European crisis: medicine worse than the cure, says ETUC
The European Trade Union Confederation (ETUC) Executive met last week and urged European governments to change course over their response to the current crisis. Central to the ETUC message is the analysis that the medicine is worse than the cure and the deterioration of the economic situation in countries like Greece and Portugal shows the total failure of the shock treatment. The ETUC recognised the gravity of the situation and the crucial nature of the European Summits taking place ahead of the G20 in Cannes. But the ETUC is concerned that European citizens and workers are ‘reaching the end of their tether’.
Bernadette Ségol, ETUC General Secretary, stated:
“The financial sector is at the origin of the crisis. Citizens are paying for it. They are the ones creating growth and paying taxes. They are the ones rescuing the euro and the banks. Instead of recognising the value of their efforts, their rights are under attack. Workers expect European leaders and institutions to act for more democracy to support and not undermine social Europe, trade union and labour rights, including collective bargaining.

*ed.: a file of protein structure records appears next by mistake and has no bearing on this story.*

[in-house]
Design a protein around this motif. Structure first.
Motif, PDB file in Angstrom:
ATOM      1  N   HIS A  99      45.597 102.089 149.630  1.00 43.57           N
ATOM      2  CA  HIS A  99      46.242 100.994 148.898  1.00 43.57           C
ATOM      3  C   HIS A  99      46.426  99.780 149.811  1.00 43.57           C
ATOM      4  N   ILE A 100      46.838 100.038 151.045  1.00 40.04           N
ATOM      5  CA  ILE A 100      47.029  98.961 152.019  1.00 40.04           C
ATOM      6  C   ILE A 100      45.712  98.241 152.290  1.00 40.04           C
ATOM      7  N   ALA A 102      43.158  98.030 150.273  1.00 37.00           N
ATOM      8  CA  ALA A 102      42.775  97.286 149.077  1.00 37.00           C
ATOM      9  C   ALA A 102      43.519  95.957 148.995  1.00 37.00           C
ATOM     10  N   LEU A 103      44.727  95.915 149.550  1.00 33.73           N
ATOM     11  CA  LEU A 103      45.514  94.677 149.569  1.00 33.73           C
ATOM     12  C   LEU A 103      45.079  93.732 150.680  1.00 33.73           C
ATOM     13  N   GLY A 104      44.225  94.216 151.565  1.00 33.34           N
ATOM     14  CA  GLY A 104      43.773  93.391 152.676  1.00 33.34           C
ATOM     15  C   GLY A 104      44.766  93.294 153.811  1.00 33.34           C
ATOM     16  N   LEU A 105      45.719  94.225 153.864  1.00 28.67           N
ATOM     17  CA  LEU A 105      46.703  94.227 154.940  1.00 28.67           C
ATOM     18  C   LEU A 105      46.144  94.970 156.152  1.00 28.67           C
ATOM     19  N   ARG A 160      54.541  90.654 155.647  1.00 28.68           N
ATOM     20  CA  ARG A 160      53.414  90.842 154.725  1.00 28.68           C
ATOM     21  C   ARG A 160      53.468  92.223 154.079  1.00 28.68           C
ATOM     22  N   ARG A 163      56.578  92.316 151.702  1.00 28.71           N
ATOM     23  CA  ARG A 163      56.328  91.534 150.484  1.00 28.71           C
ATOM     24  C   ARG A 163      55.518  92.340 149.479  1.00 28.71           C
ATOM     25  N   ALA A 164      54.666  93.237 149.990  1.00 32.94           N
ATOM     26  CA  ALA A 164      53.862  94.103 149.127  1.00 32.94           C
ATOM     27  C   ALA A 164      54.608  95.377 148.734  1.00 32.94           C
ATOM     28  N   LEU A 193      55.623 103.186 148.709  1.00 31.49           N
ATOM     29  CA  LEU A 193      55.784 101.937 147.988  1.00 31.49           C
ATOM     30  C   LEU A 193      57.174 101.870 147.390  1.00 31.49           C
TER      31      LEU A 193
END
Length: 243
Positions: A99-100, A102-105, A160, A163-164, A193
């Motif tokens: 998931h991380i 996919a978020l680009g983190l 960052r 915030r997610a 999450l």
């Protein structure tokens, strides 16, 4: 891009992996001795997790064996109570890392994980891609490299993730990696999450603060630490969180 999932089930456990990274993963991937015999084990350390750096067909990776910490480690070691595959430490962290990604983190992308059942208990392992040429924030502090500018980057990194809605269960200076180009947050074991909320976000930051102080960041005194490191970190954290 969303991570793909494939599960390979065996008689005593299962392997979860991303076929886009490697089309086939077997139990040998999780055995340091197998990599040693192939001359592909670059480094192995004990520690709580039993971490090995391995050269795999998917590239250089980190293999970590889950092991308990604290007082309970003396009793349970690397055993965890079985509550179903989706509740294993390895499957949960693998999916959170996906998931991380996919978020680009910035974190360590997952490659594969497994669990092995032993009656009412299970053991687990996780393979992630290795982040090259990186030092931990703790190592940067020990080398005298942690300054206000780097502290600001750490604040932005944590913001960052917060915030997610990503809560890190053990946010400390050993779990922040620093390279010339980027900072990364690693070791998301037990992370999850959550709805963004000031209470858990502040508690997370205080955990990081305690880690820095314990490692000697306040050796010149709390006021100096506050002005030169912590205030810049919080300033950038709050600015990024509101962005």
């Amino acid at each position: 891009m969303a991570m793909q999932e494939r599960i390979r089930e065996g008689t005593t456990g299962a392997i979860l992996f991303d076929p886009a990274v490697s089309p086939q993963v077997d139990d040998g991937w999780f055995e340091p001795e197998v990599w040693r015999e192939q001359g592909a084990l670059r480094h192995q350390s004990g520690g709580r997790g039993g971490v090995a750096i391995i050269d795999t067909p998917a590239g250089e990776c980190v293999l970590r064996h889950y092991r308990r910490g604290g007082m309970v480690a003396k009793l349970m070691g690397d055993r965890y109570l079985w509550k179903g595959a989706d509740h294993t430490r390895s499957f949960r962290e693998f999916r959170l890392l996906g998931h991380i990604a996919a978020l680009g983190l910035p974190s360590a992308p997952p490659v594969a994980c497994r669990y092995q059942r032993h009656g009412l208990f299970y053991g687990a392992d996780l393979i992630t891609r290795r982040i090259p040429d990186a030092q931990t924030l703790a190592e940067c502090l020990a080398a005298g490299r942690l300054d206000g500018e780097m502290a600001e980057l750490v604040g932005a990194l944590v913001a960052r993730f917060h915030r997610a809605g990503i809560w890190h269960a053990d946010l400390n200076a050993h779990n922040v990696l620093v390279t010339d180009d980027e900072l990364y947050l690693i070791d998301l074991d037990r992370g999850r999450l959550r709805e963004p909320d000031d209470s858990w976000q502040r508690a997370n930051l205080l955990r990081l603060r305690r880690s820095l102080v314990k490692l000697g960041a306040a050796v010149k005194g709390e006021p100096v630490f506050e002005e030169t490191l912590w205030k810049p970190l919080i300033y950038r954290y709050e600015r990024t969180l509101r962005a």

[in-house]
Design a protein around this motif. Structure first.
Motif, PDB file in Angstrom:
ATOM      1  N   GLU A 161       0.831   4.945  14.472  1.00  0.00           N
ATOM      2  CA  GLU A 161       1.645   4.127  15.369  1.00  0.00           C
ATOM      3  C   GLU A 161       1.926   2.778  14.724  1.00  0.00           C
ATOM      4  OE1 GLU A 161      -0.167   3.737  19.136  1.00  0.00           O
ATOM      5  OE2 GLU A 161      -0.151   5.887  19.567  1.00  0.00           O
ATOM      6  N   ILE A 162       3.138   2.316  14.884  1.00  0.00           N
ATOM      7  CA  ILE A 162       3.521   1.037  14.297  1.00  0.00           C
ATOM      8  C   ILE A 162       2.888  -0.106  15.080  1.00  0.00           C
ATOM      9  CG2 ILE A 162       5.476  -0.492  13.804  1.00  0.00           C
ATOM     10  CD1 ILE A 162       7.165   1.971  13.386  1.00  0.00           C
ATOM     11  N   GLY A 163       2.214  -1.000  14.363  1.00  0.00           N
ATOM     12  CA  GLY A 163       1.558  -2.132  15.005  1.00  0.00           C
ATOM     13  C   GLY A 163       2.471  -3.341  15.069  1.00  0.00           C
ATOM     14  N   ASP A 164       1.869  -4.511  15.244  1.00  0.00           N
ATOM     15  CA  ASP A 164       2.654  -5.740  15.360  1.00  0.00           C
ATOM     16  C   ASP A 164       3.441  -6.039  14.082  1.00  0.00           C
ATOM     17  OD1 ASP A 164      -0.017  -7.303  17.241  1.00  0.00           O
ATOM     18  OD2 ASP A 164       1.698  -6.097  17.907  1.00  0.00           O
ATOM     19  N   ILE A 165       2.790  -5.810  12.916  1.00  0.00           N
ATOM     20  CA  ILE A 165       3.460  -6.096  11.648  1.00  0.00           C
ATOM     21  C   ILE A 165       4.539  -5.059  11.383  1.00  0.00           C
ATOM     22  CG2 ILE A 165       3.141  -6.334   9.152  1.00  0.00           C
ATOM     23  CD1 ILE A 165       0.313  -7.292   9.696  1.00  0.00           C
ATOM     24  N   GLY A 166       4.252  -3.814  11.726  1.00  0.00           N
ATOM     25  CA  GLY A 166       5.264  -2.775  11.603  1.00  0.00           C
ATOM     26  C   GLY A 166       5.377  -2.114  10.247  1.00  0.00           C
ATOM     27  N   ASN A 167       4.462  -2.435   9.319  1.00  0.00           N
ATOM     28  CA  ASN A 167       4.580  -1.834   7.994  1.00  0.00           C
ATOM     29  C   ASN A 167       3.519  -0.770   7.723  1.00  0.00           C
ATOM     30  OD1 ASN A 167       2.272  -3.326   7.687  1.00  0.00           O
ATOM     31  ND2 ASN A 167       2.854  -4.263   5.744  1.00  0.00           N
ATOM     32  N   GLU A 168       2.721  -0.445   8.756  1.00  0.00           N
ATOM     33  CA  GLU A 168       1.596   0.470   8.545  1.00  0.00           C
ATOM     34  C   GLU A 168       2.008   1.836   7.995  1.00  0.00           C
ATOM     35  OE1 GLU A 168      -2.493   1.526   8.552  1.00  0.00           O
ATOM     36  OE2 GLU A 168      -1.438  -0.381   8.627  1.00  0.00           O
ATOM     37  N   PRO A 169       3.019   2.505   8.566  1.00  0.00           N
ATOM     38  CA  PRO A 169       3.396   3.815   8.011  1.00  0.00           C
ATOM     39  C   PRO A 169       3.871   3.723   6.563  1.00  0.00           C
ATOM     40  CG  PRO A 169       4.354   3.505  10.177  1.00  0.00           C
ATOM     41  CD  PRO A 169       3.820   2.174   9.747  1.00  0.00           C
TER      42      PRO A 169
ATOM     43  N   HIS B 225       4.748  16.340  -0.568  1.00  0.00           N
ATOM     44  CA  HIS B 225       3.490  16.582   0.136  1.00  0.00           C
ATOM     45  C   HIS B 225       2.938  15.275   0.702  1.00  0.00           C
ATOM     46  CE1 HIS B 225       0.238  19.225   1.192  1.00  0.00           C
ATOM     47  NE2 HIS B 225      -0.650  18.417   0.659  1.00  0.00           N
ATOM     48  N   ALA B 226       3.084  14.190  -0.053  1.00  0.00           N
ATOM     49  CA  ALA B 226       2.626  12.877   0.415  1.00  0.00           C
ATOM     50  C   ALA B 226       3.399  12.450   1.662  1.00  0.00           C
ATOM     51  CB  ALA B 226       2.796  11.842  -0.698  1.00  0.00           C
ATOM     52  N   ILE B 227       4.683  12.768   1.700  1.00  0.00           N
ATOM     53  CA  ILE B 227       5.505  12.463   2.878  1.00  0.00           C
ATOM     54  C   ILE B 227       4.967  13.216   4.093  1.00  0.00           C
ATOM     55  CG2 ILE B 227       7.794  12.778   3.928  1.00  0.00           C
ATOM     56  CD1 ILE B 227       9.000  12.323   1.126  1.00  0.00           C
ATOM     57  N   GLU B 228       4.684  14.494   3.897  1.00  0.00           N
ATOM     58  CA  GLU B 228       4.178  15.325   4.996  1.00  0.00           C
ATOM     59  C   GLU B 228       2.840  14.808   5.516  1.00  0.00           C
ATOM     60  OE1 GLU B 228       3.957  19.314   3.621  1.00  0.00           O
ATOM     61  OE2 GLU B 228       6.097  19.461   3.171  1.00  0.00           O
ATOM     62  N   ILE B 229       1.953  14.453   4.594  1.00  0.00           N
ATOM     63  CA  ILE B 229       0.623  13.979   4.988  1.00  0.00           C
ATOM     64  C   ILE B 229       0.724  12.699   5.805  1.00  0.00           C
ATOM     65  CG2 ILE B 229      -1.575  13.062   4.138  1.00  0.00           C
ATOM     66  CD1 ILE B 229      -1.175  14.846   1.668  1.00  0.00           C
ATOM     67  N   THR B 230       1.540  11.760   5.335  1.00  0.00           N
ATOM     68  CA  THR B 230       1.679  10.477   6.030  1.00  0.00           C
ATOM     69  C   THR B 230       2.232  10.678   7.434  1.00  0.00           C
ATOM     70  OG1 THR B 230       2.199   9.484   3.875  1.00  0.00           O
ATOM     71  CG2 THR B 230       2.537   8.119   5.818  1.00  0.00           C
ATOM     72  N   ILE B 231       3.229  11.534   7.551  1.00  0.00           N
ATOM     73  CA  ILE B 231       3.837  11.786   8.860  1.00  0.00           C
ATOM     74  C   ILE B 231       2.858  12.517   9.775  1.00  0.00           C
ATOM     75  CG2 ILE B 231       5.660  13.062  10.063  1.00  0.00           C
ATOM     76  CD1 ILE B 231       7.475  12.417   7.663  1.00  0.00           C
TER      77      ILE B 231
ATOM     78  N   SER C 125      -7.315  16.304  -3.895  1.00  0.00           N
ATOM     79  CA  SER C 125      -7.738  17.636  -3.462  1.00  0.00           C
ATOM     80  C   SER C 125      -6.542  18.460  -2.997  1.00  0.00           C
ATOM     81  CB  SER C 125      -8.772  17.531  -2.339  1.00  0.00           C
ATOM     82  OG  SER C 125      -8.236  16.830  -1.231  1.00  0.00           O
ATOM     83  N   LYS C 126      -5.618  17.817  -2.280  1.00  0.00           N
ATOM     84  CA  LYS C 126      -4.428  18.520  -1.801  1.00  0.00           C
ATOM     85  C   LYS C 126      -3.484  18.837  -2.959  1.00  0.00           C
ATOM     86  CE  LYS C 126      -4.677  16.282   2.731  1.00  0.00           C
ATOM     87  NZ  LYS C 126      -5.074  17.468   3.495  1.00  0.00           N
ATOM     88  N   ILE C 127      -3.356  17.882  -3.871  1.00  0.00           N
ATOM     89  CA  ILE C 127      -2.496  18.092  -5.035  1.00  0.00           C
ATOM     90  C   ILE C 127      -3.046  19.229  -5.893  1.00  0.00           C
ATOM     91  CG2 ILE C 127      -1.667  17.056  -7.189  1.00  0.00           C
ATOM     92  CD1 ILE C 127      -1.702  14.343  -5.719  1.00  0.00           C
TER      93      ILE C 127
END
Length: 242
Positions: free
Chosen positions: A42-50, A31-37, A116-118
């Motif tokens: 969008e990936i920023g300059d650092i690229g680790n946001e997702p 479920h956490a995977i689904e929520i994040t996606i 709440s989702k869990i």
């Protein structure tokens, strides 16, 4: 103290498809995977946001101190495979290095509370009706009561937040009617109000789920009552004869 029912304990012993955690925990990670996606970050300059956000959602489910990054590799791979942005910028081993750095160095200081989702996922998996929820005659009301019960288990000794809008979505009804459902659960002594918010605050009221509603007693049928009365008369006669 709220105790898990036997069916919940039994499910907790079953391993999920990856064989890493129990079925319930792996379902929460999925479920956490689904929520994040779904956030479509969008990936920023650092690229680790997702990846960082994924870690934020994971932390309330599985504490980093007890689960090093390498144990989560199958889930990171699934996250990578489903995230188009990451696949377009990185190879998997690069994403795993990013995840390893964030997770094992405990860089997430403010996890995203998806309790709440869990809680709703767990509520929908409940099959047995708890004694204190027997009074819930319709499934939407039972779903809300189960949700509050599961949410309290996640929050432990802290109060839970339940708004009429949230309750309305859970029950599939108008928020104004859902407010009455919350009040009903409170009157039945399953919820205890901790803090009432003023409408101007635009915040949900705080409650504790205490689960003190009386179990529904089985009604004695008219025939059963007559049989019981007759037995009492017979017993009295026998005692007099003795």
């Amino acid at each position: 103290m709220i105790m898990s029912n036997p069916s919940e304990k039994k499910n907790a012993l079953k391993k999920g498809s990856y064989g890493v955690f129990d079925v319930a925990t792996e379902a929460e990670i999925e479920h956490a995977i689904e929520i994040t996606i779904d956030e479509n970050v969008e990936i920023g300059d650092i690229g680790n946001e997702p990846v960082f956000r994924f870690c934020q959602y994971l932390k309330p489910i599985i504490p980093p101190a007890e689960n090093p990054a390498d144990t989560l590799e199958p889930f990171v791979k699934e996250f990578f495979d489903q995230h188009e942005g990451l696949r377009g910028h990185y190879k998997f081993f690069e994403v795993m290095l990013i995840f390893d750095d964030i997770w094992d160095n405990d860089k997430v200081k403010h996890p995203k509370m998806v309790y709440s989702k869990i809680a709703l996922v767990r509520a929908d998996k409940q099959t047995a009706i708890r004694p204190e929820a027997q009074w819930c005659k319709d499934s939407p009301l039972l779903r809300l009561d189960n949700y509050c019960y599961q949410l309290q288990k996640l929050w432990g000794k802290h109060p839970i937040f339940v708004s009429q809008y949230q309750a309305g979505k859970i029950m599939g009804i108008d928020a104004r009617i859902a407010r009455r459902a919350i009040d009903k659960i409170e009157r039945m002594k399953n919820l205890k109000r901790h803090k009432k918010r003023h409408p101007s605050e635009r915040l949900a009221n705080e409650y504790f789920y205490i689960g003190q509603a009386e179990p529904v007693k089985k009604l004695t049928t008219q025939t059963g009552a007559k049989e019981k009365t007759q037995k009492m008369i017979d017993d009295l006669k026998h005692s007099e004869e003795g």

“The European Council must find solutions that first and foremost serve the people and jobs, not the wealthy and the banks. I find it scandalous that banks are again threatening to stop lending to the real economy, in particular to small and medium sized enterprises, when faced with demands for higher contingency capital. It is true that banks, especially the big ones, must reduce their balance sheets. But deleveraging should be done in a way that is beneficial for jobs and growth, not for speculators. The Council and the European Supervisory Authorities must intervene in the banking business and make sure that asset reduction targets the speculative part not the loans in their portfolios.”
The ETUC is open to forms of economic solidarity, like the European Financial Stability Facility (EFSF) issuing bonds or guaranteeing loans. But another round of bank bail-outs at the expense of public budgets, and ultimately private households, could lead to public outrage against Europe, Ms Ségol warned.